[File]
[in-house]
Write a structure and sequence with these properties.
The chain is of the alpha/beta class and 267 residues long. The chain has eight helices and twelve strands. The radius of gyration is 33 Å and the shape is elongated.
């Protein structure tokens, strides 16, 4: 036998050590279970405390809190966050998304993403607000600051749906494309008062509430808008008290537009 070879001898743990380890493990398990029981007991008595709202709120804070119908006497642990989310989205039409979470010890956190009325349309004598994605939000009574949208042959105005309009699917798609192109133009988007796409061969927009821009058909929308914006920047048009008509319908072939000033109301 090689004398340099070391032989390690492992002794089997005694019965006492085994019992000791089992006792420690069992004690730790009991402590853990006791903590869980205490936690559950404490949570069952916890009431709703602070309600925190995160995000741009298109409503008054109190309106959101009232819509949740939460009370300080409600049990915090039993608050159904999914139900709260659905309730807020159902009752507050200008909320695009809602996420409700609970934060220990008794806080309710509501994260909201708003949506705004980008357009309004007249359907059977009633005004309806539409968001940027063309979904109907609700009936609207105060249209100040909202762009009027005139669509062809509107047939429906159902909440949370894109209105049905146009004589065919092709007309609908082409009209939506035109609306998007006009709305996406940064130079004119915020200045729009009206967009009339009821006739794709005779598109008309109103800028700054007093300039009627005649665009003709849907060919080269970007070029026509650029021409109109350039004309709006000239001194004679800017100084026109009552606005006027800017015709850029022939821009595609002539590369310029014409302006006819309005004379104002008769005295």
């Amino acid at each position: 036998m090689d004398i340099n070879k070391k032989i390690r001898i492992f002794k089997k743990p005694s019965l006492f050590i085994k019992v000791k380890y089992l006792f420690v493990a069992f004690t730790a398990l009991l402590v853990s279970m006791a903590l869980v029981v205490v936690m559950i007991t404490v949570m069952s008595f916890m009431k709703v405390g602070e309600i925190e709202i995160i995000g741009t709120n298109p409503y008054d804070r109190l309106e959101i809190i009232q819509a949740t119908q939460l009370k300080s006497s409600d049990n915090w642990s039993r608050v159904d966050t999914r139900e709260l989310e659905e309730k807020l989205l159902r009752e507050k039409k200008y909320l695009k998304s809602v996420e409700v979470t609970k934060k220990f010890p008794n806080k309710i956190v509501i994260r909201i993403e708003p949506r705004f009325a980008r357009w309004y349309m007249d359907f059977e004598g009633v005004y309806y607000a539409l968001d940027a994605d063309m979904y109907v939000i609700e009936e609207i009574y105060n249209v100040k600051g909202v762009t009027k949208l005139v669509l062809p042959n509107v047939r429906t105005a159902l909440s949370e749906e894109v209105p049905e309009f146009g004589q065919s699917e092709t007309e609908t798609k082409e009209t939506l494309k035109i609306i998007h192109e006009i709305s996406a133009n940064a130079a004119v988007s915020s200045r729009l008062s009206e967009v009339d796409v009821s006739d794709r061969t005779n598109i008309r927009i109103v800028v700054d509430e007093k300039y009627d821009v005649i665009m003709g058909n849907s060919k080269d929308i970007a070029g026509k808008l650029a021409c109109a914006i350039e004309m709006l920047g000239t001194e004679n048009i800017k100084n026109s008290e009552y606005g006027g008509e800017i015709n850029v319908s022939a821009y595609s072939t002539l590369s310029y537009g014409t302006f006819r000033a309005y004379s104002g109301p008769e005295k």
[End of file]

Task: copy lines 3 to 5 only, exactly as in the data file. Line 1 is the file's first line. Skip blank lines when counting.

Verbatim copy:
The chain is of the alpha/beta class and 267 residues long. The chain has eight helices and twelve strands. The radius of gyration is 33 Å and the shape is elongated.
């Protein structure tokens, strides 16, 4: 036998050590279970405390809190966050998304993403607000600051749906494309008062509430808008008290537009 070879001898743990380890493990398990029981007991008595709202709120804070119908006497642990989310989205039409979470010890956190009325349309004598994605939000009574949208042959105005309009699917798609192109133009988007796409061969927009821009058909929308914006920047048009008509319908072939000033109301 090689004398340099070391032989390690492992002794089997005694019965006492085994019992000791089992006792420690069992004690730790009991402590853990006791903590869980205490936690559950404490949570069952916890009431709703602070309600925190995160995000741009298109409503008054109190309106959101009232819509949740939460009370300080409600049990915090039993608050159904999914139900709260659905309730807020159902009752507050200008909320695009809602996420409700609970934060220990008794806080309710509501994260909201708003949506705004980008357009309004007249359907059977009633005004309806539409968001940027063309979904109907609700009936609207105060249209100040909202762009009027005139669509062809509107047939429906159902909440949370894109209105049905146009004589065919092709007309609908082409009209939506035109609306998007006009709305996406940064130079004119915020200045729009009206967009009339009821006739794709005779598109008309109103800028700054007093300039009627005649665009003709849907060919080269970007070029026509650029021409109109350039004309709006000239001194004679800017100084026109009552606005006027800017015709850029022939821009595609002539590369310029014409302006006819309005004379104002008769005295």
């Amino acid at each position: 036998m090689d004398i340099n070879k070391k032989i390690r001898i492992f002794k089997k743990p005694s019965l006492f050590i085994k019992v000791k380890y089992l006792f420690v493990a069992f004690t730790a398990l009991l402590v853990s279970m006791a903590l869980v029981v205490v936690m559950i007991t404490v949570m069952s008595f916890m009431k709703v405390g602070e309600i925190e709202i995160i995000g741009t709120n298109p409503y008054d804070r109190l309106e959101i809190i009232q819509a949740t119908q939460l009370k300080s006497s409600d049990n915090w642990s039993r608050v159904d966050t999914r139900e709260l989310e659905e309730k807020l989205l159902r009752e507050k039409k200008y909320l695009k998304s809602v996420e409700v979470t609970k934060k220990f010890p008794n806080k309710i956190v509501i994260r909201i993403e708003p949506r705004f009325a980008r357009w309004y349309m007249d359907f059977e004598g009633v005004y309806y607000a539409l968001d940027a994605d063309m979904y109907v939000i609700e009936e609207i009574y105060n249209v100040k600051g909202v762009t009027k949208l005139v669509l062809p042959n509107v047939r429906t105005a159902l909440s949370e749906e894109v209105p049905e309009f146009g004589q065919s699917e092709t007309e609908t798609k082409e009209t939506l494309k035109i609306i998007h192109e006009i709305s996406a133009n940064a130079a004119v988007s915020s200045r729009l008062s009206e967009v009339d796409v009821s006739d794709r061969t005779n598109i008309r927009i109103v800028v700054d509430e007093k300039y009627d821009v005649i665009m003709g058909n849907s060919k080269d929308i970007a070029g026509k808008l650029a021409c109109a914006i350039e004309m709006l920047g000239t001194e004679n048009i800017k100084n026109s008290e009552y606005g006027g008509e800017i015709n850029v319908s022939a821009y595609s072939t002539l590369s310029y537009g014409t302006f006819r000033a309005y004379s104002g109301p008769e005295k």